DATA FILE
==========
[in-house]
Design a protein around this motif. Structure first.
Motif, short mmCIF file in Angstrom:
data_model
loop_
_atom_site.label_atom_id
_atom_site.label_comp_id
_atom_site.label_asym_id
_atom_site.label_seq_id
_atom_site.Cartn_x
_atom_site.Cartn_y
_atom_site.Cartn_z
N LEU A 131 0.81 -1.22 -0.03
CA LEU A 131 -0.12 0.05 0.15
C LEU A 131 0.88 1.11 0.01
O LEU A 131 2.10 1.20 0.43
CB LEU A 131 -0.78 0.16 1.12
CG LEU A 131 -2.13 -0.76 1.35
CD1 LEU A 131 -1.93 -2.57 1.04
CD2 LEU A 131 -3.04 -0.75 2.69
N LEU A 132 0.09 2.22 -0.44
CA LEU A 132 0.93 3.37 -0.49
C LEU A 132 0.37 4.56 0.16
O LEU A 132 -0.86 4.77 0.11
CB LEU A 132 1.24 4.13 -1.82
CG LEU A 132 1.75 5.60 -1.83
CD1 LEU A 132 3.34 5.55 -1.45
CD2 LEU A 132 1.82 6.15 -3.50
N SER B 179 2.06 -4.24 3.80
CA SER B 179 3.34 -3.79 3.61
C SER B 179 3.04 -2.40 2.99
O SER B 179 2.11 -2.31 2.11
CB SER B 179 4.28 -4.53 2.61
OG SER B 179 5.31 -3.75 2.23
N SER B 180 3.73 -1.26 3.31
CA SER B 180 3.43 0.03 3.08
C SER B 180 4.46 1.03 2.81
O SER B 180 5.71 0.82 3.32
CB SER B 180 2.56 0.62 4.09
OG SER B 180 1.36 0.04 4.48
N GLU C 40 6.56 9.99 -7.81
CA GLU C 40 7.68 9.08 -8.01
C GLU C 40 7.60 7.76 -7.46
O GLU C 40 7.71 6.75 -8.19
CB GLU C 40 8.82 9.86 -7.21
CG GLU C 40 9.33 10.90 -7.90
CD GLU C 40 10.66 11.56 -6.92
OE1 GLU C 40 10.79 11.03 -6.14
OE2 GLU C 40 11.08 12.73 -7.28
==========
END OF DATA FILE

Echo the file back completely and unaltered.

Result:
[in-house]
Design a protein around this motif. Structure first.
Motif, short mmCIF file in Angstrom:
data_model
loop_
_atom_site.label_atom_id
_atom_site.label_comp_id
_atom_site.label_asym_id
_atom_site.label_seq_id
_atom_site.Cartn_x
_atom_site.Cartn_y
_atom_site.Cartn_z
N LEU A 131 0.81 -1.22 -0.03
CA LEU A 131 -0.12 0.05 0.15
C LEU A 131 0.88 1.11 0.01
O LEU A 131 2.10 1.20 0.43
CB LEU A 131 -0.78 0.16 1.12
CG LEU A 131 -2.13 -0.76 1.35
CD1 LEU A 131 -1.93 -2.57 1.04
CD2 LEU A 131 -3.04 -0.75 2.69
N LEU A 132 0.09 2.22 -0.44
CA LEU A 132 0.93 3.37 -0.49
C LEU A 132 0.37 4.56 0.16
O LEU A 132 -0.86 4.77 0.11
CB LEU A 132 1.24 4.13 -1.82
CG LEU A 132 1.75 5.60 -1.83
CD1 LEU A 132 3.34 5.55 -1.45
CD2 LEU A 132 1.82 6.15 -3.50
N SER B 179 2.06 -4.24 3.80
CA SER B 179 3.34 -3.79 3.61
C SER B 179 3.04 -2.40 2.99
O SER B 179 2.11 -2.31 2.11
CB SER B 179 4.28 -4.53 2.61
OG SER B 179 5.31 -3.75 2.23
N SER B 180 3.73 -1.26 3.31
CA SER B 180 3.43 0.03 3.08
C SER B 180 4.46 1.03 2.81
O SER B 180 5.71 0.82 3.32
CB SER B 180 2.56 0.62 4.09
OG SER B 180 1.36 0.04 4.48
N GLU C 40 6.56 9.99 -7.81
CA GLU C 40 7.68 9.08 -8.01
C GLU C 40 7.60 7.76 -7.46
O GLU C 40 7.71 6.75 -8.19
CB GLU C 40 8.82 9.86 -7.21
CG GLU C 40 9.33 10.90 -7.90
CD GLU C 40 10.66 11.56 -6.92
OE1 GLU C 40 10.79 11.03 -6.14
OE2 GLU C 40 11.08 12.73 -7.28